For instance, violation of human rights in the Philippines greatly impacts the country’s national security because most of the reported cases lead to serious human rights abuses, extra-judicial killings plus the country’s prison conditions are harsh, thereby; this subject is of a major concern. One of the most controversial examples is the Maguindanao massacre, also known as Ampatuan massacre last November 23, 2009. In most cases, denial of justice through circumvention of the judicial system, cover-up and whitewashing are fervent examples of Philippine human rights violation not to mention the various violations committed against women and children.

The second concept, covers the principle of protection and humane treatment, including protected persons, combatant status, difference between international and non-international armed conflicts, and means and methods of warfare.

For instance, in the case of Kuroda vs Jalandoni, it has been decided and expounded that the International Humanitarian Law has been used to set the binding nature of IHL norms that, “In accordance with the generally accepted principle of international law of the present day including the Hague Convention the Geneva Convention and significant precedents of international jurisprudence established by the United Nation all those person military or civilian who have been guilty of planning preparing or waging a war of aggression and of the commission of crimes and offenses consequential and incidental thereto in violation of the laws and customs of war, of humanity and civilization are held accountable therefor. Consequently in the promulgation and enforcement of Execution Order No. 68 the President of the Philippines has acted in conformity with the generally accepted and policies of international law which are part of the our Constitution.”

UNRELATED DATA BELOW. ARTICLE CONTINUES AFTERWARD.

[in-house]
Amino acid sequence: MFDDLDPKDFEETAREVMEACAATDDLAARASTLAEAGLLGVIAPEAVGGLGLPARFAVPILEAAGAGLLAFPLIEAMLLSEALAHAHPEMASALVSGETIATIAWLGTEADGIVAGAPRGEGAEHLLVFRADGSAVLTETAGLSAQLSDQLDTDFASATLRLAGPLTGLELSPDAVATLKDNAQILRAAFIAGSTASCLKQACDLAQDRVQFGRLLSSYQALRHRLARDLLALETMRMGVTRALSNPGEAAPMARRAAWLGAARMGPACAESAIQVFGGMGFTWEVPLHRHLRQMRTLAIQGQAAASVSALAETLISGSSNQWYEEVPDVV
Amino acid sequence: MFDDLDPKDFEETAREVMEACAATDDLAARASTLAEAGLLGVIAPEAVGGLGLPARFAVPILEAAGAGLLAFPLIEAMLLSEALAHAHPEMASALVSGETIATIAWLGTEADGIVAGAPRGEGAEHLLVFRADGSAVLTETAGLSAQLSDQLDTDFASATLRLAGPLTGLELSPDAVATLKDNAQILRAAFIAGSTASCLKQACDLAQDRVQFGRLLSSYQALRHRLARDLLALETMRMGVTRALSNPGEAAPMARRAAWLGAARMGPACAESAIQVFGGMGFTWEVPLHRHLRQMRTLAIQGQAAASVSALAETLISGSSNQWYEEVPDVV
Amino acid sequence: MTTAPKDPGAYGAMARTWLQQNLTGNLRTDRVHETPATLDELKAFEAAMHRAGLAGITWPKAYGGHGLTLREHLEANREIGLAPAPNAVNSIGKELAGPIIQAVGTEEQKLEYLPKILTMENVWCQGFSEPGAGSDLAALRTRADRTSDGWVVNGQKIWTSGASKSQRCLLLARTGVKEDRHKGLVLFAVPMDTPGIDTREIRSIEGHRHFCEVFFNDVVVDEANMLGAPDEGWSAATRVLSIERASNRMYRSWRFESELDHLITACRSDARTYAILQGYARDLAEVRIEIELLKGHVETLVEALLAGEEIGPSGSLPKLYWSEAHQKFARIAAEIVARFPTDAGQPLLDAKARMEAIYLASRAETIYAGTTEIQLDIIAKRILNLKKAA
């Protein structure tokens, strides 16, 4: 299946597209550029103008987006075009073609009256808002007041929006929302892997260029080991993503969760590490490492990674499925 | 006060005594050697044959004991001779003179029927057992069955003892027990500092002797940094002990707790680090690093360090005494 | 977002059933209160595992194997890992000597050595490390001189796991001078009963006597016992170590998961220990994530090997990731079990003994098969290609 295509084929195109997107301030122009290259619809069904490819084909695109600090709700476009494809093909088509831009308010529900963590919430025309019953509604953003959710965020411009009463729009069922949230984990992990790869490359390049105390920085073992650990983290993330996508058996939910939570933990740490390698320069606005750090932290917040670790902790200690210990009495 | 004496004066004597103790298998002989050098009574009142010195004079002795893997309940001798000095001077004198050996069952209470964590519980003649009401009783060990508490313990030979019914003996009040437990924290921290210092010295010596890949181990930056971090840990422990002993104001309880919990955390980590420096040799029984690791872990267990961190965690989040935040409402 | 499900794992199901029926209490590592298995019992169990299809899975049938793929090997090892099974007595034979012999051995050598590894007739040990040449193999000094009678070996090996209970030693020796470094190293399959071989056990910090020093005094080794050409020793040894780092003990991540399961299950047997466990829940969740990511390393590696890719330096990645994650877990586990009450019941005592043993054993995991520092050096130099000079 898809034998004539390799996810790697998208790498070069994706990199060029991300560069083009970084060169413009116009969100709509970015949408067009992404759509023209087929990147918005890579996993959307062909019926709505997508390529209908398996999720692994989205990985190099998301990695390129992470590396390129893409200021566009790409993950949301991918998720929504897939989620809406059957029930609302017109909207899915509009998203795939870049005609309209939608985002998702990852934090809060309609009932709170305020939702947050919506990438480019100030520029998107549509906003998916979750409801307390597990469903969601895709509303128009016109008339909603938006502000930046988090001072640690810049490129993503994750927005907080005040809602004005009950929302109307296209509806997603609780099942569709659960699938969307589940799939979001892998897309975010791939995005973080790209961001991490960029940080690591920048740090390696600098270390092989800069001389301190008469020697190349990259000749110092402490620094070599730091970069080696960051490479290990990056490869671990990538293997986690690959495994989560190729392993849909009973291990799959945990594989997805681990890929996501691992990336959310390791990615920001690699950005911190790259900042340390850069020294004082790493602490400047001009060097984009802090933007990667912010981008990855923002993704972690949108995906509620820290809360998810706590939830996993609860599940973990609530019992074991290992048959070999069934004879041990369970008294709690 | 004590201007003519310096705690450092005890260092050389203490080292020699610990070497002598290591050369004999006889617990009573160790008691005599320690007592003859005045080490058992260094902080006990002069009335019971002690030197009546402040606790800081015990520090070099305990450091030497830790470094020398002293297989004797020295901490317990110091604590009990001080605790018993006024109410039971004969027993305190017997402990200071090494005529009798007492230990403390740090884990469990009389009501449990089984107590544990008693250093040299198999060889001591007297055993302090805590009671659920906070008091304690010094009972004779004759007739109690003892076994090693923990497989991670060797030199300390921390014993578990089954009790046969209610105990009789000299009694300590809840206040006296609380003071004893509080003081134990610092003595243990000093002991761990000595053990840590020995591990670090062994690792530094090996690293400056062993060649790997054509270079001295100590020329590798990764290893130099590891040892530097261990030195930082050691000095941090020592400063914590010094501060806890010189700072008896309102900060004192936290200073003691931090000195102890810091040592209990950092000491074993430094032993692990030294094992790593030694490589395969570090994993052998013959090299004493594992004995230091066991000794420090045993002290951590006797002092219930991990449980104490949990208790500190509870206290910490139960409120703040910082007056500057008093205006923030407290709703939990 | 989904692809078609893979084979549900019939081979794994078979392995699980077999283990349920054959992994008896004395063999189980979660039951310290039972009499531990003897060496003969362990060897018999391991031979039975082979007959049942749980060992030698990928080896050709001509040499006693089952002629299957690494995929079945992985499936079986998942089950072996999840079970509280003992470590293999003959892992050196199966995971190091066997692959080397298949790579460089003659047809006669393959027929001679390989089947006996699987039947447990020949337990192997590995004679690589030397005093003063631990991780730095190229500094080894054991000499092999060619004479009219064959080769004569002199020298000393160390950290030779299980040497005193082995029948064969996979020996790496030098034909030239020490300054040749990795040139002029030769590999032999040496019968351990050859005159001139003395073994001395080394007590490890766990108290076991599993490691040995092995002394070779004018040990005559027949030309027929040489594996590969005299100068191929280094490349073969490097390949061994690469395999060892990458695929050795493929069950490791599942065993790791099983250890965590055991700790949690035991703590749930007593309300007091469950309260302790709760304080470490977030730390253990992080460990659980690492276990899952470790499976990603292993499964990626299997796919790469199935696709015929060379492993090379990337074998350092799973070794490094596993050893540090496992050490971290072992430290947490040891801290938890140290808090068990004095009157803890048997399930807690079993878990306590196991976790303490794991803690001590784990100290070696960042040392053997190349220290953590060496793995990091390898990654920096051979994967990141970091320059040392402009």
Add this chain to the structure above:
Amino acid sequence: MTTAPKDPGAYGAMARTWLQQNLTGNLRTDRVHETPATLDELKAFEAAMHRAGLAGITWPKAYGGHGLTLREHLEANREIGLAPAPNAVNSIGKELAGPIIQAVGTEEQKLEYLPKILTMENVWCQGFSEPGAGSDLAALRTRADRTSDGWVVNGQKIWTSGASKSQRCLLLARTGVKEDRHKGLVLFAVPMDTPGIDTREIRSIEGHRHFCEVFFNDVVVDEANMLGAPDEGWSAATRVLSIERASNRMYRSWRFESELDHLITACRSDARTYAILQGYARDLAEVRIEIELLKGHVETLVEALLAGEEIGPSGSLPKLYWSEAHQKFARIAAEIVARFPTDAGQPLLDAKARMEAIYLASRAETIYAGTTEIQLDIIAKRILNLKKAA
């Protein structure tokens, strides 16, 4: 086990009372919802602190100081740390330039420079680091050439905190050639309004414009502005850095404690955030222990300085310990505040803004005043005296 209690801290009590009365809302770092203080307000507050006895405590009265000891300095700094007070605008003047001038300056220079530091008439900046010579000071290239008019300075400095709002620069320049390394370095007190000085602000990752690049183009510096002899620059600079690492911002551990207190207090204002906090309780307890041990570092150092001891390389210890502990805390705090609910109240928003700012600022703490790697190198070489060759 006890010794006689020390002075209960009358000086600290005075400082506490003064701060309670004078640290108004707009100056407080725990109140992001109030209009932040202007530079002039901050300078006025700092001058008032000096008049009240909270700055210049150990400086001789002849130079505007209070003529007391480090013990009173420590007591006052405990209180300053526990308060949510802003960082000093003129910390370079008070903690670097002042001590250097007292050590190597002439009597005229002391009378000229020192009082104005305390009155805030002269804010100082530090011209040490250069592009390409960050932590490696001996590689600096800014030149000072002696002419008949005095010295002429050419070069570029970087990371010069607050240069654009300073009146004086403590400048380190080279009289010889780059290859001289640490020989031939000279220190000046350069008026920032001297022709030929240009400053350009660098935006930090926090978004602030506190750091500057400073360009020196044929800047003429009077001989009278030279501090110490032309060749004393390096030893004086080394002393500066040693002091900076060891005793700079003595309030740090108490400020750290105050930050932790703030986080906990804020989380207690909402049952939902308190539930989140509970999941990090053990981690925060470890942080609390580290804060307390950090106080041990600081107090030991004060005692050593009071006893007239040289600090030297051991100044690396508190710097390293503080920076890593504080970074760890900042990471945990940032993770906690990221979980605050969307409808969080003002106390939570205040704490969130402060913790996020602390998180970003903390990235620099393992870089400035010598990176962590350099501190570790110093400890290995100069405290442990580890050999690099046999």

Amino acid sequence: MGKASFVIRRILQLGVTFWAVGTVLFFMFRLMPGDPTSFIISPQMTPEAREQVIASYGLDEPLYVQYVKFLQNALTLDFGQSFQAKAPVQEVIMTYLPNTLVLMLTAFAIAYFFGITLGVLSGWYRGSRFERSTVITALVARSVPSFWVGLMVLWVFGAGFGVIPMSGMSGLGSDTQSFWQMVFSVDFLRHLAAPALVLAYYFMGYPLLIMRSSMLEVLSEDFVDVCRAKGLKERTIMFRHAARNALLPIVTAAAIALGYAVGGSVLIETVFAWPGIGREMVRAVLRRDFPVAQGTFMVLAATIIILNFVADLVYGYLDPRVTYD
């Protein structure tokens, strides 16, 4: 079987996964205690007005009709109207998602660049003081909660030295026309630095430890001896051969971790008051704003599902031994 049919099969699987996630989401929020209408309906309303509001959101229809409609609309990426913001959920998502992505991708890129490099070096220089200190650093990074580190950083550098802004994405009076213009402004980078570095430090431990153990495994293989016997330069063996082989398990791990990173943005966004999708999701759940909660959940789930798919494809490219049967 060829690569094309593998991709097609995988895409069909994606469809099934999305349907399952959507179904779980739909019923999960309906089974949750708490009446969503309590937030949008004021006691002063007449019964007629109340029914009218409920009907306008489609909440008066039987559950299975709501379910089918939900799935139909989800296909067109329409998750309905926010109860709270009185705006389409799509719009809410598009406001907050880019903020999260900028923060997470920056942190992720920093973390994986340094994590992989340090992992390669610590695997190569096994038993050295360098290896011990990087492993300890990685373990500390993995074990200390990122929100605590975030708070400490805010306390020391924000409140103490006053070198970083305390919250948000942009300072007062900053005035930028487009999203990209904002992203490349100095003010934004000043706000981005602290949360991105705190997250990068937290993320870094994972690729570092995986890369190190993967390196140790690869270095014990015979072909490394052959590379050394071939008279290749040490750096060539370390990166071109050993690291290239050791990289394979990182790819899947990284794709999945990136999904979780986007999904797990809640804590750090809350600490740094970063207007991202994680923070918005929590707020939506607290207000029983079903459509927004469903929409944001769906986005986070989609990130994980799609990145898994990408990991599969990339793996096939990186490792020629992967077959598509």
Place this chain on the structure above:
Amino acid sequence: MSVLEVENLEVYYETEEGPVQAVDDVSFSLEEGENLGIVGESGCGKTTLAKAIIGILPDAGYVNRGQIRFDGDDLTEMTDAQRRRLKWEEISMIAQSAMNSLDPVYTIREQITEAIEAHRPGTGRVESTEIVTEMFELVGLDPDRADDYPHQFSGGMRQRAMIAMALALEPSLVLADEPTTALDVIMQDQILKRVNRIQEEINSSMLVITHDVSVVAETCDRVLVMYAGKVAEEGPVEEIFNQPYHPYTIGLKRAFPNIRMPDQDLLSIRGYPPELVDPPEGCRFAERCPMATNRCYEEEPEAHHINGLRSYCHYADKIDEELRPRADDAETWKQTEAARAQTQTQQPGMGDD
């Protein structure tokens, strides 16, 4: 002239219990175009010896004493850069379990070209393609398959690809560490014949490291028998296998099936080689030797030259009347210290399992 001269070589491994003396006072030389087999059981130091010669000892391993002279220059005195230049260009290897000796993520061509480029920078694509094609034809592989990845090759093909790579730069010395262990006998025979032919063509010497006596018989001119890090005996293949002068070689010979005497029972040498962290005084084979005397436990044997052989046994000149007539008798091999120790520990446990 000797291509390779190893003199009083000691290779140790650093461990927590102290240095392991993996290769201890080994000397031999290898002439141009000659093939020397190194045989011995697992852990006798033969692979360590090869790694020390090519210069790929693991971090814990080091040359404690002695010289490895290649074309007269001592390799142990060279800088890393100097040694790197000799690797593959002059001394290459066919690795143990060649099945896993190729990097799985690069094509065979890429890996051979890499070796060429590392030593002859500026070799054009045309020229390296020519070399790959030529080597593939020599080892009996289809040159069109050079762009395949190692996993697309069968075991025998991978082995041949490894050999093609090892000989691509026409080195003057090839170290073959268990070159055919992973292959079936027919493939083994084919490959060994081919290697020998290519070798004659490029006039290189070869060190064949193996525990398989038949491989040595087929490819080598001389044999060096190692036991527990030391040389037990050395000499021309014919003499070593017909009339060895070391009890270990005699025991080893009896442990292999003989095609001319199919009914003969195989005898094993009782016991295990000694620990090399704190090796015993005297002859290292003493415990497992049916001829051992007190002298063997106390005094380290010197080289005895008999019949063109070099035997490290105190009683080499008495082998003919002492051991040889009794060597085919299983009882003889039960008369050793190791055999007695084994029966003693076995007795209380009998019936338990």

To sum it up, International Human Rights Law (IHRL) is applicable both in times of peace and armed conflict; holds accountable only states through their governments; protect human dignity; lethal force is used only if absolutely necessary such as self-defense or defense of others, for example; and permits derogation of some rights during public emergency. Whereas, International Humanitarian Law (IHL) is applicable only in time of armed conflict; holds accountable to all parties to the conflict, including states and non-state actors, as well as individuals; protect human dignity and deals with conduct of hostilities; used of lethal force permitted by military necessity; and absolutely non-derogable.